Role of NLRP3 Inflammasome in Alzheimer’s Disease

Review Article

Austin J Clin Neurol 2015;2(3): 1029.

Role of NLRP3 Inflammasome in Alzheimer’s Disease

Khan S1, Hashmet Parveen Ghouse1 and Fatima- Shad K2*

1Institute of Biomedical Sciences, University Brunei Darussalam, Brunei

2School of Medical and Molecular Biosciences, University of Technology Sydney (UTS), Australia

*Corresponding author: Fatima-Shad K, School of Medical and Molecular Biosciences, University of Technology, Sydney, 15 Broadway, NSW 2007, Australia

Received: March 15, 2015; Accepted: March 31, 2015; Published: April 09, 2015


Alzheimer’s disease (AD) is a progressive neurodegenerative disorder in elderly. Amyloid beta (Aβ) aggregation and its association with specific receptors on microglia initiate chronic inflammatory response.

Nod like receptor family pyrin domain containing 3 gene (NLRP3) member of family of pattern recognition receptors (PRRs) initiate inflammation and apoptosis. NLPR3 inflammasome is a multiprotein complex and part of innate immune system. Injury induced activation of NLRP3 inflammasome via recognition of danger Associated molecular patterns (DAMPs) facilitate inflammasome complex formation and maturation of pro-IL-1β (and pro- IL-18) through caspases-1 and exacerbate the pathological condition by neuroinflammation. A review of the data shows that activation or inhibition of NLRP3 inflammasome leads to changes in process of neuroinflammation which may influence maturation and release of pro-IL-1β (and pro-IL-18) and Aβ accumulation and result in AD pathogenesis.

Keywords: Alzheimer’s disease; Amyloid β; NLPR3 inflammasome; Neuroinflammation; Microglia


Alzheimer’s disease (AD) is the most common form of dementia and neurodegenerative disorder of elderly population [1]. The presence of two molecules extracellular Aβ in form of senile plaque and intracellular neurofibrillary tangle are characteristic feature of AD pathologies. In general, AD is associated with synaptic dysfunction, loss of neuronal circuits and networks [2]. However, the cause and subsequent development of pathologies of AD is still only partially understood, a number of genetic factors such as gene mutation, allelic variants all have been link to AD incidence. Furthermore, environmental factors also have influence on risk of AD development including exposure to metals their metabolism related to mitochondrial dysfunction, ROS production and apoptosis.

Both familiar and sporadic forms of AD share almost similar pathophysiology; Aβ accumulation, tau hyperphosphorylation and impaired axonal transport. These pathologic events cause toxic damage to cellular organelles resultant in ROS production and oxidative stress [3].

Aβ accumulation initiates an immune response by activating brain resident immune cells called “Microglia”. These microglias have specific receptors on their surface. Aβ peptide can activate these receptors. Activation of these receptors on microglia-mediate neuroinflammatory response [4,5]. Neuroinflammation is crucially associated with AD pathogenesis. It is further exacerbate the pathological condition and generate a plethora of inflammatory mediators and neurotoxic compounds. Inflammatory response in AD is initiated by Pattern recognition receptors (PRRs) (which are an integral part of immune system) recognize pathogen associate molecular patterns (PAMPs) and damage associated proteins (DAMPs) on glial cells, macrophages and oligodendrocytes within the brain. They can be membrane bound (toll-like receptors) or within the cytoplasm [Nod-like receptors (NLRs)]. NLRPs activation leads to assembly and activation of multiprotein complex known “inflammasome”. This inflammasome activation enables activation of pro-inflammatory caspases, particularly caspase-1. This then lead to activation and maturation of interleukin (IL)-1β, IL-18, and IL-33 [6,7].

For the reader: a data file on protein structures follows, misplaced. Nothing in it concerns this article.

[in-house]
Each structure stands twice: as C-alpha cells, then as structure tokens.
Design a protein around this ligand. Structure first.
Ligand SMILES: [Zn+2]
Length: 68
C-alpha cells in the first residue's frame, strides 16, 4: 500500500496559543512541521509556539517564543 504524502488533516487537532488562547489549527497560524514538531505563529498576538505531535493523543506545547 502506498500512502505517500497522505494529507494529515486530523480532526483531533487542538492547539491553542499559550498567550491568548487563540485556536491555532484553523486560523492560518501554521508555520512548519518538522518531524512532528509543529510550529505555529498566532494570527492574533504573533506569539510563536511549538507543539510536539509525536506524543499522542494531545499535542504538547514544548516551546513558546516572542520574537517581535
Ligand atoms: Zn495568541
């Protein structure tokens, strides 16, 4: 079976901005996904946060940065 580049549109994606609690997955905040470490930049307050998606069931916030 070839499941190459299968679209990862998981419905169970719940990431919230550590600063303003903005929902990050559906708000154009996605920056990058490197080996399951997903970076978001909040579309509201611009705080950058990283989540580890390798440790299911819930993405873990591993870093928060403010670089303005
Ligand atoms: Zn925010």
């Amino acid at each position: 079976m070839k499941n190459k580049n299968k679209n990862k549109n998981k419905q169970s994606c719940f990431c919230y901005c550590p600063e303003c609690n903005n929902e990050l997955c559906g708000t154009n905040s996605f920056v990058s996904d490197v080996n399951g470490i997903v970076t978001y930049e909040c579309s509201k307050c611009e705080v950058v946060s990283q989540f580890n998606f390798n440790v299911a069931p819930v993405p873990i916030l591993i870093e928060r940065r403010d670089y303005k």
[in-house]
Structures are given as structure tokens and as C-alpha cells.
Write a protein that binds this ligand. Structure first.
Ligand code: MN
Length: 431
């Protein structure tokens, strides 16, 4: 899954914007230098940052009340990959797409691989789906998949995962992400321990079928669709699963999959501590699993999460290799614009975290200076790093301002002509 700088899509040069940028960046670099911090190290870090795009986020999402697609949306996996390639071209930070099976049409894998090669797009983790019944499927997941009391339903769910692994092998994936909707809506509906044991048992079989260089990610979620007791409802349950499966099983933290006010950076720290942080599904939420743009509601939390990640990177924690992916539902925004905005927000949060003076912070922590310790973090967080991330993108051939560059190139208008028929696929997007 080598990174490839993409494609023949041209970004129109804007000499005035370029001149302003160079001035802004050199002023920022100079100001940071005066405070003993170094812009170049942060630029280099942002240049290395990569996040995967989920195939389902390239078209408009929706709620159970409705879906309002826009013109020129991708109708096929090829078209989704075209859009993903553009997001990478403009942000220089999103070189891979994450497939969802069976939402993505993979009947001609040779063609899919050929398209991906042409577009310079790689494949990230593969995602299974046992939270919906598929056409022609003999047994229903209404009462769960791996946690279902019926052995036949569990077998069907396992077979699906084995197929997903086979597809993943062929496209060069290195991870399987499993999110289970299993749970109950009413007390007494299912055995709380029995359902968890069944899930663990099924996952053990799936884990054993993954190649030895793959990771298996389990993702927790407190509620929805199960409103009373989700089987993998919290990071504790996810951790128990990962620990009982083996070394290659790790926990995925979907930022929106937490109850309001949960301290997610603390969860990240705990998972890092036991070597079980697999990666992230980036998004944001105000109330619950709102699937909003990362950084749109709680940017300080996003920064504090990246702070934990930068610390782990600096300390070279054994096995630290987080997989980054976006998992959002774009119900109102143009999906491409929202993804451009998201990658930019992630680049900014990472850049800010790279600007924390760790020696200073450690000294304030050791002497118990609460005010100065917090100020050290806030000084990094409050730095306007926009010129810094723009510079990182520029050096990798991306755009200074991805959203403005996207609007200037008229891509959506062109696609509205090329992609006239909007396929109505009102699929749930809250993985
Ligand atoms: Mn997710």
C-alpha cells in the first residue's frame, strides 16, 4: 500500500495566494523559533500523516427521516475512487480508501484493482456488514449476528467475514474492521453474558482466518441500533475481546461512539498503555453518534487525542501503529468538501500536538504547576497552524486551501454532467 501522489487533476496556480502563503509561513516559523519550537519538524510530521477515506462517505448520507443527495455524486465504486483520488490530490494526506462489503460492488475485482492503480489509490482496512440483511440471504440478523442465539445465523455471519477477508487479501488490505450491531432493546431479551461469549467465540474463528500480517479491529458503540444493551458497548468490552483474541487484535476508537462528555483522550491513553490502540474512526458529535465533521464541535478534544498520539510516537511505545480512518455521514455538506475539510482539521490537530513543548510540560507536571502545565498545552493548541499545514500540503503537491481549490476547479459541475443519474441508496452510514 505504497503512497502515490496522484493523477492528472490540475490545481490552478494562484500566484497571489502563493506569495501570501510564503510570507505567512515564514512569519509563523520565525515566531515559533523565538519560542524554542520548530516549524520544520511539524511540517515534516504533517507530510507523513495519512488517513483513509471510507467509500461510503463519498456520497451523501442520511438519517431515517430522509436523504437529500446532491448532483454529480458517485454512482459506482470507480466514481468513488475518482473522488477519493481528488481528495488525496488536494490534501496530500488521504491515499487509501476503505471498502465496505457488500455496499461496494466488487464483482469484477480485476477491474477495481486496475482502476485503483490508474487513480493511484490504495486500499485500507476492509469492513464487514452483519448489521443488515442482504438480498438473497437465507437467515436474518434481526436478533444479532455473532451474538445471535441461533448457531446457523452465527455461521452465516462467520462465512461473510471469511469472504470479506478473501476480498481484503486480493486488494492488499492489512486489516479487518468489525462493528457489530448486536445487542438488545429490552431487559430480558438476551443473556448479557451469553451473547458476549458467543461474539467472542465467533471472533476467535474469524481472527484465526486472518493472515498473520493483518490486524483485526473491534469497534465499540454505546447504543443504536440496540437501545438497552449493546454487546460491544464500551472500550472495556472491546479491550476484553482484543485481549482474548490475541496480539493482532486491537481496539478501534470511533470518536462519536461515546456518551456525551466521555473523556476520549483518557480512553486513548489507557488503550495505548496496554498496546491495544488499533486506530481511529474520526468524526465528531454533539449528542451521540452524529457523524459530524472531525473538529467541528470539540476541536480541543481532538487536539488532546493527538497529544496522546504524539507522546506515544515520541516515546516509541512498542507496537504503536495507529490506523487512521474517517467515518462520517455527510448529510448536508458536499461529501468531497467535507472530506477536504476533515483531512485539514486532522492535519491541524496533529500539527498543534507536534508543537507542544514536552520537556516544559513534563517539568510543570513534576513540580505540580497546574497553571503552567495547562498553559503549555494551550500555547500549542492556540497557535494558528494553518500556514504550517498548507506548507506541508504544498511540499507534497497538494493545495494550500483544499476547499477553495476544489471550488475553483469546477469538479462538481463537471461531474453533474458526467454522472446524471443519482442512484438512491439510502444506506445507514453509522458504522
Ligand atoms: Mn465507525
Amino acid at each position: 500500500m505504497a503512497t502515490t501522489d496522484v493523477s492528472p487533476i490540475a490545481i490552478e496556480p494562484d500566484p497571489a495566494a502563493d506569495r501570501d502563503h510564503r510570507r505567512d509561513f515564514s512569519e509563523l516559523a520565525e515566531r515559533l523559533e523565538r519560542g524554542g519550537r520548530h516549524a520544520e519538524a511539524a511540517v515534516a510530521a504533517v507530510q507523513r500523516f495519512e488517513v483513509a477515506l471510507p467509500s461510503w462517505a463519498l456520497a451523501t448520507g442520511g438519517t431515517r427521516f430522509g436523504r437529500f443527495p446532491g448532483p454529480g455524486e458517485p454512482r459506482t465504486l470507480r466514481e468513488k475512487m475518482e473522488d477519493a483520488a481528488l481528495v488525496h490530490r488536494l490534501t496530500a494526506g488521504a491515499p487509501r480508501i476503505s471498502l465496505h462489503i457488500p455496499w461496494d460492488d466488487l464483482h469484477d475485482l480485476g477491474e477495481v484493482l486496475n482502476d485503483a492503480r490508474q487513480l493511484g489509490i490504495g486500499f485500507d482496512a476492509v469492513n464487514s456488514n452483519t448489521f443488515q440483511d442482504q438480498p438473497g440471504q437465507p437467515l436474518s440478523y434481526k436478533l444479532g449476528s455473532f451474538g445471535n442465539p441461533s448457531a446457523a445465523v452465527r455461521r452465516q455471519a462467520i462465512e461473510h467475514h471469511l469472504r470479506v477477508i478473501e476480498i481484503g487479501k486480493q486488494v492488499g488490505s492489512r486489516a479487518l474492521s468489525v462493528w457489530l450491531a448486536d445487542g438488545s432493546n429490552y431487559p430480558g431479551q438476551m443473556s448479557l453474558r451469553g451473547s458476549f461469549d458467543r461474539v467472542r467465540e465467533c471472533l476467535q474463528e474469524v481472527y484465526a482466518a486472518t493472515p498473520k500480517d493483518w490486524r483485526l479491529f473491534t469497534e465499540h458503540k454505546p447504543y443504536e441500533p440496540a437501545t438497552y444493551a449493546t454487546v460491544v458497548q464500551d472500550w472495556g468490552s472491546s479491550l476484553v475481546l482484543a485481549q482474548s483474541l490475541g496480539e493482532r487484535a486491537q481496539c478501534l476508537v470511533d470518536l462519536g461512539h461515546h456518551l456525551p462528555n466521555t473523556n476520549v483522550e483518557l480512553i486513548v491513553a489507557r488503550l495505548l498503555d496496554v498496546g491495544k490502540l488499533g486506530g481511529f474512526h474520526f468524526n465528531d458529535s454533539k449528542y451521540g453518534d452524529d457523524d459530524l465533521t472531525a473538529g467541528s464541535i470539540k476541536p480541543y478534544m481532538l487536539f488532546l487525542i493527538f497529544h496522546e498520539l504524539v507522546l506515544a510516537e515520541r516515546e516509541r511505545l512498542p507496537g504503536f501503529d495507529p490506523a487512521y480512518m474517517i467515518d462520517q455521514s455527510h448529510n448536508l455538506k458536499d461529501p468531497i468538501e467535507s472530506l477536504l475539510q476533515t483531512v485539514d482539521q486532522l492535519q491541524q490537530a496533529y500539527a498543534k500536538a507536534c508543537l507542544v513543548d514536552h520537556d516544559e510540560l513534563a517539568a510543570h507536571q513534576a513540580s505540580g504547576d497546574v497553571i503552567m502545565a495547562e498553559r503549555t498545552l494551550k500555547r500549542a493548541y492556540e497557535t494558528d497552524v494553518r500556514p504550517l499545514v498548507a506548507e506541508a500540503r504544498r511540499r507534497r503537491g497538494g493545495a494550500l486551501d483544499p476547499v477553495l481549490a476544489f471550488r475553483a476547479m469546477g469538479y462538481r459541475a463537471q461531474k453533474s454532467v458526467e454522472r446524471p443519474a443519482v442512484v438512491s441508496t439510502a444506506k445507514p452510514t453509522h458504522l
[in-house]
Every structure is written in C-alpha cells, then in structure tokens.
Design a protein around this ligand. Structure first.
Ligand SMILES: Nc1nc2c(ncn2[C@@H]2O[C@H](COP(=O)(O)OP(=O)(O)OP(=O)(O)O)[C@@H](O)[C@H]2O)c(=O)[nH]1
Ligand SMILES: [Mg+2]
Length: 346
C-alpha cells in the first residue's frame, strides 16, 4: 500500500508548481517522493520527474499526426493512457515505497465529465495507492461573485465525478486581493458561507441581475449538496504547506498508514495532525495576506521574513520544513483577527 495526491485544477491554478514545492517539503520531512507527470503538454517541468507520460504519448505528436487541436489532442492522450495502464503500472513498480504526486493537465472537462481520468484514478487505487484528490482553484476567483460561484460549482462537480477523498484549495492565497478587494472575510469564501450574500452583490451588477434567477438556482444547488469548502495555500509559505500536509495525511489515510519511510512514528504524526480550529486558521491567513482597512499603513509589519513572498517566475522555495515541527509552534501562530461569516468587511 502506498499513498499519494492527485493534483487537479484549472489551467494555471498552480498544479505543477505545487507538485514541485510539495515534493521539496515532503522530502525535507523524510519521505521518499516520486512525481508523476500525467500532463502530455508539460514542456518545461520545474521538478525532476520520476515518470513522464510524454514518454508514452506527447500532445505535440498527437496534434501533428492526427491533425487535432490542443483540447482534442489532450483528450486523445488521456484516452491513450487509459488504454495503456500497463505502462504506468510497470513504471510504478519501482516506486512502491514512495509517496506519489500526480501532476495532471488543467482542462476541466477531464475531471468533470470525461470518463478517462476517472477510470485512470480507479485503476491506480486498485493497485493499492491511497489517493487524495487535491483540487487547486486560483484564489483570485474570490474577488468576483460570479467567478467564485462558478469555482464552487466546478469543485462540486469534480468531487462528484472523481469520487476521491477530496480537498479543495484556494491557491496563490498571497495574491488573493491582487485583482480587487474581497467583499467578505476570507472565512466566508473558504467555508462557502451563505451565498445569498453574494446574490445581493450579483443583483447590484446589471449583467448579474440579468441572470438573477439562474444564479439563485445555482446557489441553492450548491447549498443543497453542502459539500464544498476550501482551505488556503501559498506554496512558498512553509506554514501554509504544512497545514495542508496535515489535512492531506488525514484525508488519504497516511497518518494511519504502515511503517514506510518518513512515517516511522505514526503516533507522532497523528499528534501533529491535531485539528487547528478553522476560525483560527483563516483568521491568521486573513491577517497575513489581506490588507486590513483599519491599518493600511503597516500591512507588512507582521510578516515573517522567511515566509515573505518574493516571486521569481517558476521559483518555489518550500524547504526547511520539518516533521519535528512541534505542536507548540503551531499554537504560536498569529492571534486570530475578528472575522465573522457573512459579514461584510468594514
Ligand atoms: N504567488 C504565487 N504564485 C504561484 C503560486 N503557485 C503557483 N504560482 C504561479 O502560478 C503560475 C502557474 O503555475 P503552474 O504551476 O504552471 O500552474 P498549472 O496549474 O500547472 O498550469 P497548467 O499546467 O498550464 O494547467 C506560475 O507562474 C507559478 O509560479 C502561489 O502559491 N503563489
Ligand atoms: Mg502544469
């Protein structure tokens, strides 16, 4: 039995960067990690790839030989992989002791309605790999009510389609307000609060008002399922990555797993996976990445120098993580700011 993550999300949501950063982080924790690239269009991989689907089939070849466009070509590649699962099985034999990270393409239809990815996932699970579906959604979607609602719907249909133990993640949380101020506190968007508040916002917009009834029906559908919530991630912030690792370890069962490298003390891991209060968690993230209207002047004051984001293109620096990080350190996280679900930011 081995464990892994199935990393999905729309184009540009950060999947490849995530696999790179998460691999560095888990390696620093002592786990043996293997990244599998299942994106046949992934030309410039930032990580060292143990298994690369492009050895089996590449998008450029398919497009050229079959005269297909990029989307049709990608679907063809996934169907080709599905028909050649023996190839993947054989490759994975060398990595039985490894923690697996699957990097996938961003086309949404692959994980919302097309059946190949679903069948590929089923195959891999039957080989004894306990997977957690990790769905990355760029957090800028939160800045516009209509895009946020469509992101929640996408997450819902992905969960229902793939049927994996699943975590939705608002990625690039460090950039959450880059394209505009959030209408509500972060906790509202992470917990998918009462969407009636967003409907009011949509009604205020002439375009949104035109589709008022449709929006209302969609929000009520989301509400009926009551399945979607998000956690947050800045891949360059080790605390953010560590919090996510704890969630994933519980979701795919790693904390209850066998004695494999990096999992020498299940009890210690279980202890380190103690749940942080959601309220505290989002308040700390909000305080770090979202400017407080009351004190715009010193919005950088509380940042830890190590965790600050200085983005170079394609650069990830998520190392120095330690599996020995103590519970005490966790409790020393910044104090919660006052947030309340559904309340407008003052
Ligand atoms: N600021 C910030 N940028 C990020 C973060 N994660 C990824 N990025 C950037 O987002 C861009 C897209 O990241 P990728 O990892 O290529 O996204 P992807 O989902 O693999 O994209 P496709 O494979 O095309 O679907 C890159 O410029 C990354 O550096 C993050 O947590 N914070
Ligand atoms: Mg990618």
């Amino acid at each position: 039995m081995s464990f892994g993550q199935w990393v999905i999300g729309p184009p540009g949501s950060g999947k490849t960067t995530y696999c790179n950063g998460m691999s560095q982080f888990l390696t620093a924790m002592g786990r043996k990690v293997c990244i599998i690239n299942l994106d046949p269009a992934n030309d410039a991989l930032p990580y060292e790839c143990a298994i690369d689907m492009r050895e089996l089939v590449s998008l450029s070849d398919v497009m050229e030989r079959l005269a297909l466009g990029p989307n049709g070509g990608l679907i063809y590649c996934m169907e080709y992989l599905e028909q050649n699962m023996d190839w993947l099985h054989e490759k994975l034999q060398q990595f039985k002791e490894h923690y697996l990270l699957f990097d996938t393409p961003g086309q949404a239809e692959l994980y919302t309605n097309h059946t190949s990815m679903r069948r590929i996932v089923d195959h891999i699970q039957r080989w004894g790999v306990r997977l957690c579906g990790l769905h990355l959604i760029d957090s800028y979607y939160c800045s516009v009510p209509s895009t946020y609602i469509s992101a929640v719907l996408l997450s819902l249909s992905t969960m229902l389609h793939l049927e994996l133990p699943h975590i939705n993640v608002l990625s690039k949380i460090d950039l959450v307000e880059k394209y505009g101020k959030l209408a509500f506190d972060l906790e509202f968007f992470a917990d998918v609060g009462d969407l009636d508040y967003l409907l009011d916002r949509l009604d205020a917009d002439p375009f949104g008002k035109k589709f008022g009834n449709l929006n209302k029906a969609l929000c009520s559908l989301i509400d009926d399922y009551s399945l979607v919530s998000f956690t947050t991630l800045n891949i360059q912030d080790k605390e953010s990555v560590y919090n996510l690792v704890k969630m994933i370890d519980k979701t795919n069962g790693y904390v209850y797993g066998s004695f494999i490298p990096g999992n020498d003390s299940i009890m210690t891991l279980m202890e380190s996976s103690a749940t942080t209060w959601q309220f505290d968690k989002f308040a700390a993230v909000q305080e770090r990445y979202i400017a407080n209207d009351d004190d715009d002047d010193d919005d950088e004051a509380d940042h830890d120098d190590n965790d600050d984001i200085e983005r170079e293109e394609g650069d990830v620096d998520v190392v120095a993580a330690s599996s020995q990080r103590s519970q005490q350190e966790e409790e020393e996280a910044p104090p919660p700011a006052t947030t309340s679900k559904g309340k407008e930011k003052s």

Neuronal injury caused by insoluble Aβ peptide and tau tangle releases DAMPs which are recognized by PRRs (NLR domain) present in NLRP inflammasome initiate cascade of events leading to maturation and release of pro IL-1β, IL-18. Additionally, Aβ interaction with neuronal membrane cause efflux of K+ ions by forming ions channels, activates inflammasome which in turn secretion of cytokines. Purinergic P2X7 receptor activation decreases intracellular K+ levels. Impaired activity of Na+/K+ ATPase reduces ions gradients across the cell membrane cause cytotoxicity resulting neuronal cell death. Neuronal death serves danger signal by releasing DAMPs to activate NLRP3 inflammasome (Rubartelli, 2014). In addition with Aβ aggregation or protein misfolding and mitochondrial ROS give signal to NLRP3 inflammasome activation and up regulating pro inflammatory cytokines levels in brain resultant neuroinflammation [8].

Deficiency of NLRP3 inflammasome largely protects brain from deleterious effect of neuroinflammation. It is assuming that microglia-specific inflammasome as a promising cell type-specific molecular target in the CNS for therapeutic intervention for AD.

NLRs Structural Organization

There are 23 NLRs have been studied in human divided into four subfamily, Table 1 Most NLRs contain, nucleotide binding and oligomerization (NACHT) domain activates signaling pathways for proinflammatory cytokines. The C terminal contain leucine- rich repeat (LRRs) and an N terminal caspase and recruitment domain (CARD) or pyrin domain (PYD) as effector binding domain [9].